This is my fifth year blogging with a third grade class at roomtwelve.com. When I started, in the fall of 2005, there were not a whole lot of elementary classroom blogs out there. But once we got rolling that year, I began to think about the future of the writing my students were doing. What would happen to all those articles, the comments, the conversations? My students struggled with this as well. At the end of that first year, I wrote in Rugged days :
The kids really want to blog. Yesterday we talked about next year, when they won't be with me, when they won't have their beloved blogs, and so on. There were tears as I explained how I would phase them out. Lots of good questions. They were grasping at straws, trying to wrap their heads around how the blogs could still exist, live on, somehow remain. This phenomenal response is unlike anything I have seen in 25 years of teaching.As of today, nine students are missing from a very long Room Twelve Alumni List, and that is the dream come true. I managed to transfer every word from their third grade blogs to their new fifth grade teacher's classroom blog. Every single blog post, comment, and conversation from their third grade writing experience is back with them, so their new teacher can to continue to facilitate and guide their growth as effective 21st century writers.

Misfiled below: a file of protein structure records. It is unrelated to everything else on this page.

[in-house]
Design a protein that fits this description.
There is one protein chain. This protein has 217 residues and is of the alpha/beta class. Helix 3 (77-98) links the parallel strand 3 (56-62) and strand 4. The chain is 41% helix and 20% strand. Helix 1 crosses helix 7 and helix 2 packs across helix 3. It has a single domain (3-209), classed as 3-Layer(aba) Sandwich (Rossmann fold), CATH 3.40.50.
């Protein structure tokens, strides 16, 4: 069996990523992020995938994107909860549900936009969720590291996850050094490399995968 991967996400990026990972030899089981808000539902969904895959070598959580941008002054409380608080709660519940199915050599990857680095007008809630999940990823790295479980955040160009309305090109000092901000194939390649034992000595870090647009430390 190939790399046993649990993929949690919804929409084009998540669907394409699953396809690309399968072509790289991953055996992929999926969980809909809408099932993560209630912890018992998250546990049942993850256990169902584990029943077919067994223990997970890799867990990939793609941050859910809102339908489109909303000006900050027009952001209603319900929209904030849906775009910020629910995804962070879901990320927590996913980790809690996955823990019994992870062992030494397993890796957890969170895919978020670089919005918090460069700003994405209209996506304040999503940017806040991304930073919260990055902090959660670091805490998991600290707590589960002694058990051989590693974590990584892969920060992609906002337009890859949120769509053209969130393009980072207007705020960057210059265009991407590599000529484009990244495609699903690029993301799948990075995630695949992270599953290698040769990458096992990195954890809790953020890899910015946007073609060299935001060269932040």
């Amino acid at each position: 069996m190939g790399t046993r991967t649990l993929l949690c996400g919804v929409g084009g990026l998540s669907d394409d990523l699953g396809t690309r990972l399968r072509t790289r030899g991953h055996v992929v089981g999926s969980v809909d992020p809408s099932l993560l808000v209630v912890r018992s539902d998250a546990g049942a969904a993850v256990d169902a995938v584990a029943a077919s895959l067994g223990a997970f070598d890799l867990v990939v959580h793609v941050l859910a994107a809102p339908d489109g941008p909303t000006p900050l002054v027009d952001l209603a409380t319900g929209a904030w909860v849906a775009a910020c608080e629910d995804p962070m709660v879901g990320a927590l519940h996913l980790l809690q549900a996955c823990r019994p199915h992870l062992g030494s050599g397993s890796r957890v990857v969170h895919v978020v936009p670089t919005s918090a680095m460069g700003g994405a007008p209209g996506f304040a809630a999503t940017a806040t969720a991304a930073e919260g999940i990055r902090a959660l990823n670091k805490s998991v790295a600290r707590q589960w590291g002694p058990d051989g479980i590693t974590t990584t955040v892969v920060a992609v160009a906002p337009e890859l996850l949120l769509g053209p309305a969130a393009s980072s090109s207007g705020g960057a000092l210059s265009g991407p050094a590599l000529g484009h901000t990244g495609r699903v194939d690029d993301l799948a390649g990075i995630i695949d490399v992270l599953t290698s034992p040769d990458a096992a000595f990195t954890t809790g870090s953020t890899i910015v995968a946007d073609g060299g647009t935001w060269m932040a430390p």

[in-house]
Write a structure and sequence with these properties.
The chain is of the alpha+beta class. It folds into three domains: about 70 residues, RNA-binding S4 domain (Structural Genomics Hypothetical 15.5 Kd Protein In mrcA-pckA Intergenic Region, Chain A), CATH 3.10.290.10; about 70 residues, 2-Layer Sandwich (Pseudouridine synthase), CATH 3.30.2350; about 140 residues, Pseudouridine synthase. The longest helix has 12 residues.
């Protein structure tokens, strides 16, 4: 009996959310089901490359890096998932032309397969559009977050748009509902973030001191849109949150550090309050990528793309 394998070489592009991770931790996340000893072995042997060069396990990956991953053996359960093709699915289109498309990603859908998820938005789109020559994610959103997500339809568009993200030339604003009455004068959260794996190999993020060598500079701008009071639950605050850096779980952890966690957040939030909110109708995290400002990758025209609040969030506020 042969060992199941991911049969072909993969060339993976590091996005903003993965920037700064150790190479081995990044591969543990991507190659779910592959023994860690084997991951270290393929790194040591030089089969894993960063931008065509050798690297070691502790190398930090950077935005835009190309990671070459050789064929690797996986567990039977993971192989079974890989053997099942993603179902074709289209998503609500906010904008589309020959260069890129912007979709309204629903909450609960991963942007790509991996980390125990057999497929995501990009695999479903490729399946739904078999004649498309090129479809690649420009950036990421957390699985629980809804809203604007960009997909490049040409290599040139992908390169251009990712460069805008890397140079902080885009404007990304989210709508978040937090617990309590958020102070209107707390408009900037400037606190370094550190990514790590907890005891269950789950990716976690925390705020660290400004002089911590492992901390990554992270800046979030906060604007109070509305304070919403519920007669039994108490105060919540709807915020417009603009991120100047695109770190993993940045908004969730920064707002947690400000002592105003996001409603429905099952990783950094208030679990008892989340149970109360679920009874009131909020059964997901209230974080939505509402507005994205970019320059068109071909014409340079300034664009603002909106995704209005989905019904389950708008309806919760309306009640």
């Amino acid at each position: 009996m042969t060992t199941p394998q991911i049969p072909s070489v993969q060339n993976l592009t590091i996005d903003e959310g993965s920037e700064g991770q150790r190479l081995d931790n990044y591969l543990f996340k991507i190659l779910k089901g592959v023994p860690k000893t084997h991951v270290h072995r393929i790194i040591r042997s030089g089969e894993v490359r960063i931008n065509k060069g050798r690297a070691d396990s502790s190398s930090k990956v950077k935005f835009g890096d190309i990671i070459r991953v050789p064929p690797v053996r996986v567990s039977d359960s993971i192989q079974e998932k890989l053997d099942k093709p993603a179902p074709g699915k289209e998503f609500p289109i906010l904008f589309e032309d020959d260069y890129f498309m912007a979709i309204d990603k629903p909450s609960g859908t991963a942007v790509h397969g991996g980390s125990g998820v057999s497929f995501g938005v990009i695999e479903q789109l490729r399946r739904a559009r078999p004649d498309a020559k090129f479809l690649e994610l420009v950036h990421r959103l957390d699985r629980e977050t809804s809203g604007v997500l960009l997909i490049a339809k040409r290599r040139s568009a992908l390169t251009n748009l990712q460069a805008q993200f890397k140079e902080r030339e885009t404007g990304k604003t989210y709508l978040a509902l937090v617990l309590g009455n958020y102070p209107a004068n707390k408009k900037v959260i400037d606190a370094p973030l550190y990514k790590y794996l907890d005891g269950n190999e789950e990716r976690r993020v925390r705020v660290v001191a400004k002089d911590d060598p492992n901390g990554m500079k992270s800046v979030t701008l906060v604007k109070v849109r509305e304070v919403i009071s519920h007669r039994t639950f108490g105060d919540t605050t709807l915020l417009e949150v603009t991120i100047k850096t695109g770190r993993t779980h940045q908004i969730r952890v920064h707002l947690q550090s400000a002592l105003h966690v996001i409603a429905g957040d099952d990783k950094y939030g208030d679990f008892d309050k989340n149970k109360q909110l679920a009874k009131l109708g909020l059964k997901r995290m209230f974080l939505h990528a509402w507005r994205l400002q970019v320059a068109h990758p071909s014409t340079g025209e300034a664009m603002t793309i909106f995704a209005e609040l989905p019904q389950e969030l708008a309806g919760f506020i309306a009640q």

Tomorrow they finally rejoin that journey. I have dreamed about this happening for over four years, and I could not be happier.
The transfer of bodies of work like that, held in databases, referenced and hyperlinked all over the Internet, is no small feat. I held my breath as I sat next to their new, young, fifth grade teacher, each of us logged in to our classroom blogs. I went through the process of making students "orphans", making them available to their new teacher, and then watching him "adopt" them into his new classroom blog. Several came with over 50 pieces of writing. Not exactly like walking down a school hallway to offer a thick manila folder of writing samples to a cringing new teacher who may or may not ever look inside - never mind share with another person....
This transfer was unbelievably exciting - for both of us.
One person is responsible for this, David Warlick. My hat is off to him for having the vision, for putting in the countless hours developing and debugging an incredible tool, and for caring about our kids' education. Thank you David, for Classblogmeister.